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Sources of Additional Information
- Merchant mariners spend extended periods at sea.
- Entry, training, and educational requirements for most water transportation occupations are established and regulated by the U.S. Coast Guard, an agency of the U.S. Department of Homeland Security.
- Increasing global trade and tourism will generate growth in water transportation occupations.
Nature of the Work
The movement of huge amounts of cargo, as well as passengers, between nations and within our Nation depends on workers in water transportation occupations, also known on commercial ships as merchant mariners. They operate and maintain deep-sea merchant ships, tugboats, towboats, ferries, dredges, excursion vessels, and other waterborne craft on the oceans, the Great Lakes, rivers, canals, and other waterways, as well as in harbors. (Workers who operate watercraft used in commercial fishing are described in the section on fishers and fishing vessel operators elsewhere in the site.)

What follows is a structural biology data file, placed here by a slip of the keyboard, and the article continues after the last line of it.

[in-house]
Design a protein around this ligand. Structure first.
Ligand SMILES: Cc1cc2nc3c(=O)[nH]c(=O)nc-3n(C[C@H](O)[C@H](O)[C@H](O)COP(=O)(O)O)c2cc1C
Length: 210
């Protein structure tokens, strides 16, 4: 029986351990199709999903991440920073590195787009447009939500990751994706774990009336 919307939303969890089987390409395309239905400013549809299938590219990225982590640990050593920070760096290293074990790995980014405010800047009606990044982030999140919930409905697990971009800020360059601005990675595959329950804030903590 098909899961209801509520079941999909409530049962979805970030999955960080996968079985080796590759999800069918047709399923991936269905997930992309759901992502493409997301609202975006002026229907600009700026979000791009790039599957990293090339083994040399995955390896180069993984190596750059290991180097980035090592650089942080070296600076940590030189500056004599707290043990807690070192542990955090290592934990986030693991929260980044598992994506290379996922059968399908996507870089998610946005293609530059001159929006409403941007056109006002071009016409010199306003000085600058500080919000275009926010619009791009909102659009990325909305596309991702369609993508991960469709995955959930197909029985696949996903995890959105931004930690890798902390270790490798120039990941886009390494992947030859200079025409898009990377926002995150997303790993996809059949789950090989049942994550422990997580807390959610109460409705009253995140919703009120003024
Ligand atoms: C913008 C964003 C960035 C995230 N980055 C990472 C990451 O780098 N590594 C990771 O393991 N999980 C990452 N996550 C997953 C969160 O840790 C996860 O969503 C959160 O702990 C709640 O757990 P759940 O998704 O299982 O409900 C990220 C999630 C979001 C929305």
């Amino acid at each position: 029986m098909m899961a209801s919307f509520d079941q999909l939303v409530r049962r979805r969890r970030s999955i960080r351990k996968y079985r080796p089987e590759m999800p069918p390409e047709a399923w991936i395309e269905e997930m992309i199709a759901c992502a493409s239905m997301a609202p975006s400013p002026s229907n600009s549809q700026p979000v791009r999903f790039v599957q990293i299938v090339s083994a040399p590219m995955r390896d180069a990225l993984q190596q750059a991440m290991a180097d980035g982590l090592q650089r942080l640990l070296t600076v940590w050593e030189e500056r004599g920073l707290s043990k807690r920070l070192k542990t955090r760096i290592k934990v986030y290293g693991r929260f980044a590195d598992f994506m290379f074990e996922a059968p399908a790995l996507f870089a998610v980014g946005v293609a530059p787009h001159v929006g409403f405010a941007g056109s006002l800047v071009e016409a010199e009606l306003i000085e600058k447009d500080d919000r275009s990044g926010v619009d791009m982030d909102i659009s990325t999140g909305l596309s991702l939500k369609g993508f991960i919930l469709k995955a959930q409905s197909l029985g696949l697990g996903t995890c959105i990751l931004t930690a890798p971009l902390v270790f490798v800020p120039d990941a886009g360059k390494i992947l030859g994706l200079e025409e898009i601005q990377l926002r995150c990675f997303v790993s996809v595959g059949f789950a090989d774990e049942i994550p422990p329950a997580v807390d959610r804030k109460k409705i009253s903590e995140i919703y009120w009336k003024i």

Captains, mates, and pilots of water vessels command or supervise the operations of ships and water vessels, both within domestic waterways and on the deep sea. Captains or masters are in overall command of the operation of a vessel, and they supervise the work of all other officers and crew. They determine the course and speed of the vessel, maneuver to avoid hazards, and continuously monitor the vessel’s position with charts and navigational aides. Captains either direct or oversee crew members who steer the vessel, determine its location, operate engines, communicate with other vessels, perform maintenance, handle lines, or operate equipment on the vessel. Captains and their department heads ensure that proper procedures and safety practices are followed, check to make sure that machinery and equipment are in good working order, and oversee the loading and discharging of cargo or passengers. They also maintain logs and other records tracking the ships’ movements, efforts at controlling pollution, and cargo and passengers carried.